But just because these items are a little bit old in terms of current events does not mean that they are irrelevant. Here, we have what happened in Levittown, PA when Republican Representative Mike Fitzpatrick (PA-8) took the stage with Missouri Democrat Emanuel Cleaver (MO-5) to talk about civility and civil discourse. We have retired pastor Jim Bell’s scripturally grounded call for greater civility from politicians who self-identify as Christian. And we have a success story — of the ascendency of civility in municipal government in one California town.

If you have an article that you think would be right for future civility linkblogging posts, please do not hesitate to email it to us at editor@instituteforcivility.org. Include the title, url, and a short summary, and we will gladly review it for publication.

Now — the list:

Covenants of Civility
Posted by Jim Bell at Pastor Jim Bell’s Jottings, September 16, 2013

The church in the United States can offer a message of hope and reconciliation to a nation that is deeply divided by political and cultural differences.

Too often , however, we have reflected the political divisions of our culture rather than the unity we have in the body of Christ. We come together to urge those who claim the name of Christ to “put away from you all bitterness and wrath and anger and wrangling and slander, together with all malice, and be kind to one another, tenderhearted, forgiving one another as God in Christ has forgiven you.” (Ephesians 4:31-32)

Fitzpatrick Promotes Civility with Democratic Congressman
Posted by James Boyle at Levittown Patch, September 18, 2013

Cleaver carried his new devotion to self-control and quiet strength throughout college and into public office, where he became the first African-American mayor of Kansas City, Mo., in 1991 and now serves in the House of Representatives alongside Mike Fitzpatrick, who represents Bucks County in Pennsylvania’s 8th District.

They sit on opposite sides of the aisle in Washington, D.C., but Monday afternoon Cleaver and Fitzpatrick shared the same stage at Neshaminy School District’s Maple Point Middle School in Langhorne to highlight the importance of civility.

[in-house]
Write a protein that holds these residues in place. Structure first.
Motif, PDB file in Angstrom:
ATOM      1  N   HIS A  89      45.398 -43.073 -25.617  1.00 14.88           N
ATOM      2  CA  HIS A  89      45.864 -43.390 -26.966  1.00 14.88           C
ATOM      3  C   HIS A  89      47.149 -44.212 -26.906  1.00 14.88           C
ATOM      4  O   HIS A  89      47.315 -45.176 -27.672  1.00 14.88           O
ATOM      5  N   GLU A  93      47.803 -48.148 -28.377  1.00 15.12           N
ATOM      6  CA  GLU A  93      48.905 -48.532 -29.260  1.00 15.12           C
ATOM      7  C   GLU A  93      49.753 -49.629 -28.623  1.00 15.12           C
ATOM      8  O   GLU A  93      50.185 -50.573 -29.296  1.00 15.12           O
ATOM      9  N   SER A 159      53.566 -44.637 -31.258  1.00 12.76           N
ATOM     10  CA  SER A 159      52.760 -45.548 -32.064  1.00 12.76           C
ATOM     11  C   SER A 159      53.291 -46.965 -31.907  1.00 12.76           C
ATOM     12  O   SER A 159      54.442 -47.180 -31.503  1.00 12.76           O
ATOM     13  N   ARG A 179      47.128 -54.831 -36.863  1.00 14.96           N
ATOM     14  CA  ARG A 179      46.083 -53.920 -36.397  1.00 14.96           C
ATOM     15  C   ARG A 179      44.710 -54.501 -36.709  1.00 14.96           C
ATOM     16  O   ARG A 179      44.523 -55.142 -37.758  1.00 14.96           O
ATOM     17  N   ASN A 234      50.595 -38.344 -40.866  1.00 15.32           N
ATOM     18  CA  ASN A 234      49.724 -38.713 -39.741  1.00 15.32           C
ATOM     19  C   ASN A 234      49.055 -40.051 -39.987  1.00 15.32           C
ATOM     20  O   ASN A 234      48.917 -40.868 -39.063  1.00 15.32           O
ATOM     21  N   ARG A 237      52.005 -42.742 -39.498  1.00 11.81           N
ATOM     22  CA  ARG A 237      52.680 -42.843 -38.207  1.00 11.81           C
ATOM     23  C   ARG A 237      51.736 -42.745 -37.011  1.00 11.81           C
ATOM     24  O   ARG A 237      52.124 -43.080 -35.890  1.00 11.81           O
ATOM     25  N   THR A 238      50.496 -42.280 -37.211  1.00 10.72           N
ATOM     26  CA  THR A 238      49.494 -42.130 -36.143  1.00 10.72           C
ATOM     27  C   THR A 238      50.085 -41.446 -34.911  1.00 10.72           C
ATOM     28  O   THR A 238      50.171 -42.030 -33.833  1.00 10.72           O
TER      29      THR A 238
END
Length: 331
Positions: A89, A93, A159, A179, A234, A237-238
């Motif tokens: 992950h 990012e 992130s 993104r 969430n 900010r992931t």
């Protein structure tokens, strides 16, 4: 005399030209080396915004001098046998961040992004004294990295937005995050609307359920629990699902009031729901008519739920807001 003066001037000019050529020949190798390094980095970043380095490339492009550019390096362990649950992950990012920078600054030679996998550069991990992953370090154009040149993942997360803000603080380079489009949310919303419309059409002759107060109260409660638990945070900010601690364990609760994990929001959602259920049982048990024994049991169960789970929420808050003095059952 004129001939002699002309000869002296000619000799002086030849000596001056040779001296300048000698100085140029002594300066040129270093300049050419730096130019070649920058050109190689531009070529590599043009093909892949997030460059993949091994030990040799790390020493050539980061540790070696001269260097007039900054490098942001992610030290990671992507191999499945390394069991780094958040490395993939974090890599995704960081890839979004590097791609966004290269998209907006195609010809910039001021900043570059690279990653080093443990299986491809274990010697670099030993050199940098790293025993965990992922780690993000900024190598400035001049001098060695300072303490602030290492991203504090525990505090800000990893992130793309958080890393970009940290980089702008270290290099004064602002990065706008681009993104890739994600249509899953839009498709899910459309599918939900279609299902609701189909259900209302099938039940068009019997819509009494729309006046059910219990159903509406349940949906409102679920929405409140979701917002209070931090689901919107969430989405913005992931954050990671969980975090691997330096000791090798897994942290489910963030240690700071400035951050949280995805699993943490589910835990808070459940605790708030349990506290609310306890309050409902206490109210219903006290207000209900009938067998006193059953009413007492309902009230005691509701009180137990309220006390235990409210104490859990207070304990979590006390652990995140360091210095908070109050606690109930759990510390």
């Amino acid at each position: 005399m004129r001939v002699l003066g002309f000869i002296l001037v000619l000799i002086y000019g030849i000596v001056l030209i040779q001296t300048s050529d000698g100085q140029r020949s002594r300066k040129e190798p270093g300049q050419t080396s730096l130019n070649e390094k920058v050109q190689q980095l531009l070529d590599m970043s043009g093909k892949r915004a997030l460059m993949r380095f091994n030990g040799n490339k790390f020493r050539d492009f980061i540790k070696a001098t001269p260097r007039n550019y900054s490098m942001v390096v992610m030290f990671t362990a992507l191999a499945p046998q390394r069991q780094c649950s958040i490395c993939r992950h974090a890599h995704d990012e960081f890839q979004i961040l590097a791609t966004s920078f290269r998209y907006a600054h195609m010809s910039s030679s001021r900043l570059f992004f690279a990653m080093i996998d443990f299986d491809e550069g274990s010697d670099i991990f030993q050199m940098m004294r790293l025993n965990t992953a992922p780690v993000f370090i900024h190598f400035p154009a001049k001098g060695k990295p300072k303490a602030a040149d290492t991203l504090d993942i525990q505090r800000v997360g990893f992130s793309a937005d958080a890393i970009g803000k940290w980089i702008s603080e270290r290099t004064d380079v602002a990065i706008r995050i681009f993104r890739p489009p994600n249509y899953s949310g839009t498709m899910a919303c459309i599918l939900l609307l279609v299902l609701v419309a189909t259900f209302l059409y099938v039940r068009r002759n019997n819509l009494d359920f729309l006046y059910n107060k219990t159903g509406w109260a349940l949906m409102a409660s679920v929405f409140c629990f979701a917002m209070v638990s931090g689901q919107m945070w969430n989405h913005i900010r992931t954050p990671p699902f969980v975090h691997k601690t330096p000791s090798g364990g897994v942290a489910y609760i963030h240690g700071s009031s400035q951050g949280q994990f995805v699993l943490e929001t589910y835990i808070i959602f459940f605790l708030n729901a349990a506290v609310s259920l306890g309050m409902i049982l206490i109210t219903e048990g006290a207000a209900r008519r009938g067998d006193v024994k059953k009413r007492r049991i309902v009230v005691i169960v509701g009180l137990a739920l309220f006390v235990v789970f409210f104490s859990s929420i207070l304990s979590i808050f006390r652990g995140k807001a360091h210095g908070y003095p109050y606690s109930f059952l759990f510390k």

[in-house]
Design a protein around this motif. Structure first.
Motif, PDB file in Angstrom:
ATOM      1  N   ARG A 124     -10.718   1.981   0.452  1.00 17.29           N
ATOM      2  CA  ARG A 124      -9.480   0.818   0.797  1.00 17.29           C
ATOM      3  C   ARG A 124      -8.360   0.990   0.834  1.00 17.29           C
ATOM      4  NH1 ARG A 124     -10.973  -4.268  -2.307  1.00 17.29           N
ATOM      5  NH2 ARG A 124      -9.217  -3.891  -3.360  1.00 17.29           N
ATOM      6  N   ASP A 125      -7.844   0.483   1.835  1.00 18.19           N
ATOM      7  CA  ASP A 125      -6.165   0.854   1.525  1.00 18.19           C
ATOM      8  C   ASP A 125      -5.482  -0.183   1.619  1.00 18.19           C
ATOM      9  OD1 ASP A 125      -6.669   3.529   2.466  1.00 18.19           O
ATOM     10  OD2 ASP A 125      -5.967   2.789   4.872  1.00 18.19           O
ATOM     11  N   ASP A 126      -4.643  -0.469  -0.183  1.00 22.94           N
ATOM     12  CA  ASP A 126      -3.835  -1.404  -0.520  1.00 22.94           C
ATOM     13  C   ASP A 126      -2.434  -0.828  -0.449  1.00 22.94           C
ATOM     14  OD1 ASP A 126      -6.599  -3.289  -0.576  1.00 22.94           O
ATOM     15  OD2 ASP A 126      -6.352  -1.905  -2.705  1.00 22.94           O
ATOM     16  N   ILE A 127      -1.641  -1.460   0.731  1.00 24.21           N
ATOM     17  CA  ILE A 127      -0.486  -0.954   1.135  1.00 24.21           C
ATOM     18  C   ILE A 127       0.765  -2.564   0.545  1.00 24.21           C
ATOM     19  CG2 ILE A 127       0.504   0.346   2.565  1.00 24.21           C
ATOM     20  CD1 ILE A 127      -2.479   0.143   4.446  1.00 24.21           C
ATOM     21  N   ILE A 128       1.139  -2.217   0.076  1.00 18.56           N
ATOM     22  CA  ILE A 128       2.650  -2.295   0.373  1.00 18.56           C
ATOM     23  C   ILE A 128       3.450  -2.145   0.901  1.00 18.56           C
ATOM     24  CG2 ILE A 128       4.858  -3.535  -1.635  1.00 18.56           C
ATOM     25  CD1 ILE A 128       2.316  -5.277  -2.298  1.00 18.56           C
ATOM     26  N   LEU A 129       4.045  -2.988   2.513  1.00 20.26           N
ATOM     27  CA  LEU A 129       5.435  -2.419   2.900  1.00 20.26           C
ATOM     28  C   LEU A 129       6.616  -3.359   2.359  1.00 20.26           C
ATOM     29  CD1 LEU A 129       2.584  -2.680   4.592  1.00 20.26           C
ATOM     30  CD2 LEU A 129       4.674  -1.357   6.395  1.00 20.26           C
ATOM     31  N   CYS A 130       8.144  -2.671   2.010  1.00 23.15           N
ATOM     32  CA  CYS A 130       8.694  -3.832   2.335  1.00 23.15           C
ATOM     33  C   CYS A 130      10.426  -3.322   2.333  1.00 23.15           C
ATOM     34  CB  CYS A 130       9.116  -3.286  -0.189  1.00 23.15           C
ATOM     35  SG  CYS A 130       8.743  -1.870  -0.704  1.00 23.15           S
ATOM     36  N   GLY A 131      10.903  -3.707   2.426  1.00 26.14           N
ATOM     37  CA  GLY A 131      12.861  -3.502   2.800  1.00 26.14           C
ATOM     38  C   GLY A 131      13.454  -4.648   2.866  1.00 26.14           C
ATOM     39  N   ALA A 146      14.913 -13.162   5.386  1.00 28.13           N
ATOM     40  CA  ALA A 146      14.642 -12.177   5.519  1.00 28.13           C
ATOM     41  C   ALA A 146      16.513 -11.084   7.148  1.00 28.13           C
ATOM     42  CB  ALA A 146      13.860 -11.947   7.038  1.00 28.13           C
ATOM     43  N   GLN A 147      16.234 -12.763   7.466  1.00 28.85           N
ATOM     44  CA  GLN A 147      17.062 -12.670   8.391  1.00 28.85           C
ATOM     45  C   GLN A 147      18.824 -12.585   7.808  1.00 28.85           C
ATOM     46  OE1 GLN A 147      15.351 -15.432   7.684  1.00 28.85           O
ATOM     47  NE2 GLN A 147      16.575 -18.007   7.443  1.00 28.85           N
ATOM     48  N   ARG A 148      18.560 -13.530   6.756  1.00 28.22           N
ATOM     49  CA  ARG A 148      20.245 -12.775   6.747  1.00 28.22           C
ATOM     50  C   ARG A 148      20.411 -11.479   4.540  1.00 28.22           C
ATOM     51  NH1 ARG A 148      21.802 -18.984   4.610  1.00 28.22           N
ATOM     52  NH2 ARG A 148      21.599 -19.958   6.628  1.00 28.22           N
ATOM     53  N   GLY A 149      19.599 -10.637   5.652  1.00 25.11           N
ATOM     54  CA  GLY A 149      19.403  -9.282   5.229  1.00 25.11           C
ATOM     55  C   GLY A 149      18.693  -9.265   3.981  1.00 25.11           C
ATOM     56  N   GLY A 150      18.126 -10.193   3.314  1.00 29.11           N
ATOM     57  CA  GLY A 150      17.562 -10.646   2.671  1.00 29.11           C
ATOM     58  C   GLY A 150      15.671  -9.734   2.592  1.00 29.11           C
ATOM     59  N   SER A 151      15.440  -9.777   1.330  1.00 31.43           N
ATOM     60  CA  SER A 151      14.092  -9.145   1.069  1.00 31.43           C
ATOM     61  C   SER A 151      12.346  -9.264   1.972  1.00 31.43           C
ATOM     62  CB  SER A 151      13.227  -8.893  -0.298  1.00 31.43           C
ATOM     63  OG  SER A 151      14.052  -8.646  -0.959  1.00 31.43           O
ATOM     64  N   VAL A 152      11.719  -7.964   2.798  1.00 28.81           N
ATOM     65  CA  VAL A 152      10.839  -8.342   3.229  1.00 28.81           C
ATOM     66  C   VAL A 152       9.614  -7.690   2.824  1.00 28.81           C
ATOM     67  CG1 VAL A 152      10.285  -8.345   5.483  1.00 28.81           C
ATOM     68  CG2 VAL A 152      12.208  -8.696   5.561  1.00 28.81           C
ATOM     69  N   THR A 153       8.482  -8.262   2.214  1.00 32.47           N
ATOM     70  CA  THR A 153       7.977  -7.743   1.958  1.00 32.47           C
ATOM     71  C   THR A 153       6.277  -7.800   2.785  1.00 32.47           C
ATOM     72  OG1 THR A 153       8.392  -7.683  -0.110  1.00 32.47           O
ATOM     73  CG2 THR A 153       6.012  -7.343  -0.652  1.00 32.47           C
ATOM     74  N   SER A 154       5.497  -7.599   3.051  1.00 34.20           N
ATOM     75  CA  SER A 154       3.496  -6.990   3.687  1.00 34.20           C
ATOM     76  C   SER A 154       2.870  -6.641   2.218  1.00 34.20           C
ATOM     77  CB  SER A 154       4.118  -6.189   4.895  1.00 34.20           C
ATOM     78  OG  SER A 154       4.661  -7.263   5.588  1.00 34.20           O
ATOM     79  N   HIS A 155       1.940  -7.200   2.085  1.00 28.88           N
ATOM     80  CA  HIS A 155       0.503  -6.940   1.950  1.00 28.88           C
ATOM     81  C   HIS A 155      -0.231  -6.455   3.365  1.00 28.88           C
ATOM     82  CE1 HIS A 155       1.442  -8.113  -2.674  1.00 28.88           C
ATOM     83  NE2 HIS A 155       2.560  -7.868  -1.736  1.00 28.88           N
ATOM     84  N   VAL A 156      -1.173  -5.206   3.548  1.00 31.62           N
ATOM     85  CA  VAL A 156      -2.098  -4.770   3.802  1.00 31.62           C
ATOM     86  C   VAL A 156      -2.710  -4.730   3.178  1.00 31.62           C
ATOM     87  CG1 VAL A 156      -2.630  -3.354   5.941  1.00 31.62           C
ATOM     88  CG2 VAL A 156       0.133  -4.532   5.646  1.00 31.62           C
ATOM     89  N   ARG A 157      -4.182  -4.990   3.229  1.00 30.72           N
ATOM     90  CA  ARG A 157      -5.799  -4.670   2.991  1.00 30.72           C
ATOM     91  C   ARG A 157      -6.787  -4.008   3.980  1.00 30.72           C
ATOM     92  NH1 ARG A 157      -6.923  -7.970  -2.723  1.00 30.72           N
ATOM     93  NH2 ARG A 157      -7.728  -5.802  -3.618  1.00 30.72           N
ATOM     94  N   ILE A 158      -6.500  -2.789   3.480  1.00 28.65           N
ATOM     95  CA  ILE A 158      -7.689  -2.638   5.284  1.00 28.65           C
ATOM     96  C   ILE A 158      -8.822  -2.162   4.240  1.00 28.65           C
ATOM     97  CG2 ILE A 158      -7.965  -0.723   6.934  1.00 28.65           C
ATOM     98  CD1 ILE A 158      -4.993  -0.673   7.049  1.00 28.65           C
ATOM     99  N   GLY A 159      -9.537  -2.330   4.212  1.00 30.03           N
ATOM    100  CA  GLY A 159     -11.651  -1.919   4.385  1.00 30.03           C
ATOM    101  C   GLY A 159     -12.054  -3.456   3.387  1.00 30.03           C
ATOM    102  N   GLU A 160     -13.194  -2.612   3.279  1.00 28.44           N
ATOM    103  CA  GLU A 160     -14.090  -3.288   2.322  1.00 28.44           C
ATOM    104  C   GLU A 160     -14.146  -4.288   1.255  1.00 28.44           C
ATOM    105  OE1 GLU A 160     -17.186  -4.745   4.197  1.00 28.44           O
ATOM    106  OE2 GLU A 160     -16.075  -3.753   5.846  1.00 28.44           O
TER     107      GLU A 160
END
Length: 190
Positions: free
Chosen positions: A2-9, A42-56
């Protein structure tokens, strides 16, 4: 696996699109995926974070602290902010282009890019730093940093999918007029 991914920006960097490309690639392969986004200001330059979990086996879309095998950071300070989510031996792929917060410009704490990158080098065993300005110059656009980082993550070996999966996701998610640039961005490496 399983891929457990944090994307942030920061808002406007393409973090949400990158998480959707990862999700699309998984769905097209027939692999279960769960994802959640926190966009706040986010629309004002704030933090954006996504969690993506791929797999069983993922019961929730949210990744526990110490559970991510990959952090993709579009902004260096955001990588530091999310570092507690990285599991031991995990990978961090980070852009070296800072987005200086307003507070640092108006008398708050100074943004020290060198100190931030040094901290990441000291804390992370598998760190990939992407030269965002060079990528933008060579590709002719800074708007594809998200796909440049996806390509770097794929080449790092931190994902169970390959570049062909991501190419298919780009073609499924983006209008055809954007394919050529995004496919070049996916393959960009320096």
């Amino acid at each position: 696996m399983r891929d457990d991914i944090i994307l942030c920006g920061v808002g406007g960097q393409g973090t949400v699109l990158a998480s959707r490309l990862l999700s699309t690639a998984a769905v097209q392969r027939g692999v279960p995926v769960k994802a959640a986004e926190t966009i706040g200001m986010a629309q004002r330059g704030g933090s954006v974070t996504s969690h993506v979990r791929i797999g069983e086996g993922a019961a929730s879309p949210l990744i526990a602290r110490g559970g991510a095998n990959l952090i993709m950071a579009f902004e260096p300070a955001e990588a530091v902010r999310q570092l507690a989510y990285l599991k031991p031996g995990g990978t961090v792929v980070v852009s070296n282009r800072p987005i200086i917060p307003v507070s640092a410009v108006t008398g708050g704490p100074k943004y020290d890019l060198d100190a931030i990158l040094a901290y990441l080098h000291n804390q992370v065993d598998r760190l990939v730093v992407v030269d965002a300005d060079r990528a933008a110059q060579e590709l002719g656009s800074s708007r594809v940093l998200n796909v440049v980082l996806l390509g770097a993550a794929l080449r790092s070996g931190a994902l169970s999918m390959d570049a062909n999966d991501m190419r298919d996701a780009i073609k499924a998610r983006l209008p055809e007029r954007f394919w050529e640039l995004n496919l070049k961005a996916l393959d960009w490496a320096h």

Watching Civility and Fair Negotiation in Action
Posted by Yvonne Holt at The Modesto Bee, September 25, 2013

I realized during these meetings that civility works when people are willing to participate in civility. It became apparent to me that the board members and the residents in attendance all wanted what was fair for the entire homeowners’ association. It is hard to resolve every single issue that is brought to the table.

It is eye-opening to witness fair negotiation between leaders and residents who are willing to try to stick to facts and then make decisions using due process.

Montana Governor: Politics Can Be Made More Civil, But Will Take Time
Posted by Charles S. Johnson at The Missoulian, September 26, 2013

Gov. Steve Bullock told a Leadership Montana gathering Thursday that he remains hopeful that civility eventually can be restored to the U.S. and Montana political systems, but it will take efforts by many to make the needed changes.

“I am still confident about the future of politics and civility in our system,” he said. “I think it’s going through a rough time. I look ahead to what we want in 10 years.”

Civility the Latest Casualty of Politics
Posted by Otis Sanford at The Detroit News, October 3, 2013

When President Barack Obama visited Chattanooga July 30 to talk about the economy and job growth, not a single ranking Republican official in Tennessee was anywhere around.

Sen. Bob Corker, a former mayor of Chattanooga, stayed as far away as possible. So did Sen. Lamar Alexander and Gov. Bill Haslam.

Even the Chattanooga Times Free Press newspaper was unwelcoming. “Forgive us if you are not greeted with the same level of Southern hospitality that our area usually bestows on its distinguished guests,” the newspaper said in an editorial before the president’s arrival.